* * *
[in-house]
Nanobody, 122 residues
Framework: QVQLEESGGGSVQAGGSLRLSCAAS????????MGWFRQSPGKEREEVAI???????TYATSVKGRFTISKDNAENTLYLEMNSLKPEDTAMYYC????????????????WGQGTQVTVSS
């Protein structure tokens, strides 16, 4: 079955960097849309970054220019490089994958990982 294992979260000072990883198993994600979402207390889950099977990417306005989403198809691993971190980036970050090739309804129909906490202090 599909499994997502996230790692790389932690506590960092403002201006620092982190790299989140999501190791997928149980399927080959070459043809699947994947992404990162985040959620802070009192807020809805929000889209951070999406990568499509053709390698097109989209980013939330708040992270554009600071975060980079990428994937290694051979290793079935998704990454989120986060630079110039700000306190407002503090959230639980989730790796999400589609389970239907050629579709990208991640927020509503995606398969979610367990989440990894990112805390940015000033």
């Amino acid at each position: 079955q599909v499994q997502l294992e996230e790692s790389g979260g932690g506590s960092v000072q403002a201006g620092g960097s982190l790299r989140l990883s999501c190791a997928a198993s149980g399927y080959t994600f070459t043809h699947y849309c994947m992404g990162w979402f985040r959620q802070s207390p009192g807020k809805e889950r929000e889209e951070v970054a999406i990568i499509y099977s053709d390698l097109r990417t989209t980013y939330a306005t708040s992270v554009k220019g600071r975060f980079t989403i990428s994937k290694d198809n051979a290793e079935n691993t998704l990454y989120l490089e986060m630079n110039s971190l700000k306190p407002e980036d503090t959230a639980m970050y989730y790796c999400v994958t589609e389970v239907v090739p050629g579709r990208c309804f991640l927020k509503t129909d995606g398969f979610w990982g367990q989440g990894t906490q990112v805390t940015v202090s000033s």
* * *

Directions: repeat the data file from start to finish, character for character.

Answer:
[in-house]
Nanobody, 122 residues
Framework: QVQLEESGGGSVQAGGSLRLSCAAS????????MGWFRQSPGKEREEVAI???????TYATSVKGRFTISKDNAENTLYLEMNSLKPEDTAMYYC????????????????WGQGTQVTVSS
């Protein structure tokens, strides 16, 4: 079955960097849309970054220019490089994958990982 294992979260000072990883198993994600979402207390889950099977990417306005989403198809691993971190980036970050090739309804129909906490202090 599909499994997502996230790692790389932690506590960092403002201006620092982190790299989140999501190791997928149980399927080959070459043809699947994947992404990162985040959620802070009192807020809805929000889209951070999406990568499509053709390698097109989209980013939330708040992270554009600071975060980079990428994937290694051979290793079935998704990454989120986060630079110039700000306190407002503090959230639980989730790796999400589609389970239907050629579709990208991640927020509503995606398969979610367990989440990894990112805390940015000033």
């Amino acid at each position: 079955q599909v499994q997502l294992e996230e790692s790389g979260g932690g506590s960092v000072q403002a201006g620092g960097s982190l790299r989140l990883s999501c190791a997928a198993s149980g399927y080959t994600f070459t043809h699947y849309c994947m992404g990162w979402f985040r959620q802070s207390p009192g807020k809805e889950r929000e889209e951070v970054a999406i990568i499509y099977s053709d390698l097109r990417t989209t980013y939330a306005t708040s992270v554009k220019g600071r975060f980079t989403i990428s994937k290694d198809n051979a290793e079935n691993t998704l990454y989120l490089e986060m630079n110039s971190l700000k306190p407002e980036d503090t959230a639980m970050y989730y790796c999400v994958t589609e389970v239907v090739p050629g579709r990208c309804f991640l927020k509503t129909d995606g398969f979610w990982g367990q989440g990894t906490q990112v805390t940015v202090s000033s």